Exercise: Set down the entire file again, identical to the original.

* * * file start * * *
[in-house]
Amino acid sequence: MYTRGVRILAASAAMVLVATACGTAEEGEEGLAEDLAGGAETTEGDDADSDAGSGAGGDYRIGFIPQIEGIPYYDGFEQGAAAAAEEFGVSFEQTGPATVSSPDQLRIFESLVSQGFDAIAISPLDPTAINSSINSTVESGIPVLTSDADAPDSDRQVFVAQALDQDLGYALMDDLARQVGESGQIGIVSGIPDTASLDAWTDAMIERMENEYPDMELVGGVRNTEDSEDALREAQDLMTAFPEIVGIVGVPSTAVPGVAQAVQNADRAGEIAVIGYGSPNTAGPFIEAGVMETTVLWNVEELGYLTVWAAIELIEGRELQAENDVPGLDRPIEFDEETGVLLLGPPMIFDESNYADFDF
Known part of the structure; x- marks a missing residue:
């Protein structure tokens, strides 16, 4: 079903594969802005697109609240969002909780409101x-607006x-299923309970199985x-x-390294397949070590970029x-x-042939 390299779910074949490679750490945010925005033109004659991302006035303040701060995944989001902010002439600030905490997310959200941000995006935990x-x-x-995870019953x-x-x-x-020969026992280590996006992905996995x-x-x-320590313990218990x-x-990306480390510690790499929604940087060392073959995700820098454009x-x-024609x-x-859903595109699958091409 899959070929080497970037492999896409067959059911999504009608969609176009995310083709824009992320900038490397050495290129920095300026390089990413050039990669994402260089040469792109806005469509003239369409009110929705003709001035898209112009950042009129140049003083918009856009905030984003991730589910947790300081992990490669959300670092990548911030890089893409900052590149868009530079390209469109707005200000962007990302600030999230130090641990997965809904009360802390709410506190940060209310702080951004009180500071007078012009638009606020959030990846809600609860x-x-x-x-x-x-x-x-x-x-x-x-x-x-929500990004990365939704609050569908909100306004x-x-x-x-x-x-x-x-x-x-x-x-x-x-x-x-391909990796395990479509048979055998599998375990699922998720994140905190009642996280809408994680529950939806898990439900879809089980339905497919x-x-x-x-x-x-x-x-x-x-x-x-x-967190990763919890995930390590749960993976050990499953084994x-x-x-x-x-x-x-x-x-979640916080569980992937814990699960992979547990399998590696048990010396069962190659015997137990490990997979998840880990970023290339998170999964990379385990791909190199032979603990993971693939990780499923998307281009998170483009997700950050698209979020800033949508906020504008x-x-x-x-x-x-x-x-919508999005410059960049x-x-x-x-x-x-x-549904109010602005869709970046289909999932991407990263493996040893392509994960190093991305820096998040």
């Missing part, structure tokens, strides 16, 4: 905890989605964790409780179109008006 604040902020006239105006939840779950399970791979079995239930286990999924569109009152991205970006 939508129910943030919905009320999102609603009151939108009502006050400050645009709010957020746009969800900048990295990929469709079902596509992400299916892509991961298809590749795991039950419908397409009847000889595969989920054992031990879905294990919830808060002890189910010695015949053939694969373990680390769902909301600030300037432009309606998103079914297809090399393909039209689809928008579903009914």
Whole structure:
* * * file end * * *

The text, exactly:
[in-house]
Amino acid sequence: MYTRGVRILAASAAMVLVATACGTAEEGEEGLAEDLAGGAETTEGDDADSDAGSGAGGDYRIGFIPQIEGIPYYDGFEQGAAAAAEEFGVSFEQTGPATVSSPDQLRIFESLVSQGFDAIAISPLDPTAINSSINSTVESGIPVLTSDADAPDSDRQVFVAQALDQDLGYALMDDLARQVGESGQIGIVSGIPDTASLDAWTDAMIERMENEYPDMELVGGVRNTEDSEDALREAQDLMTAFPEIVGIVGVPSTAVPGVAQAVQNADRAGEIAVIGYGSPNTAGPFIEAGVMETTVLWNVEELGYLTVWAAIELIEGRELQAENDVPGLDRPIEFDEETGVLLLGPPMIFDESNYADFDF
Known part of the structure; x- marks a missing residue:
């Protein structure tokens, strides 16, 4: 079903594969802005697109609240969002909780409101x-607006x-299923309970199985x-x-390294397949070590970029x-x-042939 390299779910074949490679750490945010925005033109004659991302006035303040701060995944989001902010002439600030905490997310959200941000995006935990x-x-x-995870019953x-x-x-x-020969026992280590996006992905996995x-x-x-320590313990218990x-x-990306480390510690790499929604940087060392073959995700820098454009x-x-024609x-x-859903595109699958091409 899959070929080497970037492999896409067959059911999504009608969609176009995310083709824009992320900038490397050495290129920095300026390089990413050039990669994402260089040469792109806005469509003239369409009110929705003709001035898209112009950042009129140049003083918009856009905030984003991730589910947790300081992990490669959300670092990548911030890089893409900052590149868009530079390209469109707005200000962007990302600030999230130090641990997965809904009360802390709410506190940060209310702080951004009180500071007078012009638009606020959030990846809600609860x-x-x-x-x-x-x-x-x-x-x-x-x-x-929500990004990365939704609050569908909100306004x-x-x-x-x-x-x-x-x-x-x-x-x-x-x-x-391909990796395990479509048979055998599998375990699922998720994140905190009642996280809408994680529950939806898990439900879809089980339905497919x-x-x-x-x-x-x-x-x-x-x-x-x-967190990763919890995930390590749960993976050990499953084994x-x-x-x-x-x-x-x-x-979640916080569980992937814990699960992979547990399998590696048990010396069962190659015997137990490990997979998840880990970023290339998170999964990379385990791909190199032979603990993971693939990780499923998307281009998170483009997700950050698209979020800033949508906020504008x-x-x-x-x-x-x-x-919508999005410059960049x-x-x-x-x-x-x-549904109010602005869709970046289909999932991407990263493996040893392509994960190093991305820096998040």
């Missing part, structure tokens, strides 16, 4: 905890989605964790409780179109008006 604040902020006239105006939840779950399970791979079995239930286990999924569109009152991205970006 939508129910943030919905009320999102609603009151939108009502006050400050645009709010957020746009969800900048990295990929469709079902596509992400299916892509991961298809590749795991039950419908397409009847000889595969989920054992031990879905294990919830808060002890189910010695015949053939694969373990680390769902909301600030300037432009309606998103079914297809090399393909039209689809928008579903009914």
Whole structure: